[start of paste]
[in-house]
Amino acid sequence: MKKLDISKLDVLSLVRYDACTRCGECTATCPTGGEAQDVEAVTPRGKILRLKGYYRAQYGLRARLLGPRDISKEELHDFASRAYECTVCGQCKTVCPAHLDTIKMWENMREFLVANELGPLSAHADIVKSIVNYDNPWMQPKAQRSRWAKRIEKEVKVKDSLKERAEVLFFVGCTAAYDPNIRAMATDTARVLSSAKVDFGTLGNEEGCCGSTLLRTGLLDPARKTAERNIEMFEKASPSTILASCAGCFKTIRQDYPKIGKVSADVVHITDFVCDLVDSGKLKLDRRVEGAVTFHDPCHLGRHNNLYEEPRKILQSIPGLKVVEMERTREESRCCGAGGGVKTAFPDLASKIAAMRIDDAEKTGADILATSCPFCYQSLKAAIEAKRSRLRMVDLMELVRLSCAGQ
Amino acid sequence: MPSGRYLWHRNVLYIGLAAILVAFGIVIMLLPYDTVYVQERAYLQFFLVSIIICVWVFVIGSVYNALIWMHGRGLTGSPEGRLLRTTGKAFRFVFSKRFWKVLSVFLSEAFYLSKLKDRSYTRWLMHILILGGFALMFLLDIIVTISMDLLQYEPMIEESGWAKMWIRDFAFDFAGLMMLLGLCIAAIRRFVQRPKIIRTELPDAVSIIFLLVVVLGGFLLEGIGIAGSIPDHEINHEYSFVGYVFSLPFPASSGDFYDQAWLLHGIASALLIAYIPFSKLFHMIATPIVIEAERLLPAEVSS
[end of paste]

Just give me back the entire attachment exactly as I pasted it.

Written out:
[in-house]
Amino acid sequence: MKKLDISKLDVLSLVRYDACTRCGECTATCPTGGEAQDVEAVTPRGKILRLKGYYRAQYGLRARLLGPRDISKEELHDFASRAYECTVCGQCKTVCPAHLDTIKMWENMREFLVANELGPLSAHADIVKSIVNYDNPWMQPKAQRSRWAKRIEKEVKVKDSLKERAEVLFFVGCTAAYDPNIRAMATDTARVLSSAKVDFGTLGNEEGCCGSTLLRTGLLDPARKTAERNIEMFEKASPSTILASCAGCFKTIRQDYPKIGKVSADVVHITDFVCDLVDSGKLKLDRRVEGAVTFHDPCHLGRHNNLYEEPRKILQSIPGLKVVEMERTREESRCCGAGGGVKTAFPDLASKIAAMRIDDAEKTGADILATSCPFCYQSLKAAIEAKRSRLRMVDLMELVRLSCAGQ
Amino acid sequence: MPSGRYLWHRNVLYIGLAAILVAFGIVIMLLPYDTVYVQERAYLQFFLVSIIICVWVFVIGSVYNALIWMHGRGLTGSPEGRLLRTTGKAFRFVFSKRFWKVLSVFLSEAFYLSKLKDRSYTRWLMHILILGGFALMFLLDIIVTISMDLLQYEPMIEESGWAKMWIRDFAFDFAGLMMLLGLCIAAIRRFVQRPKIIRTELPDAVSIIFLLVVVLGGFLLEGIGIAGSIPDHEINHEYSFVGYVFSLPFPASSGDFYDQAWLLHGIASALLIAYIPFSKLFHMIATPIVIEAERLLPAEVSS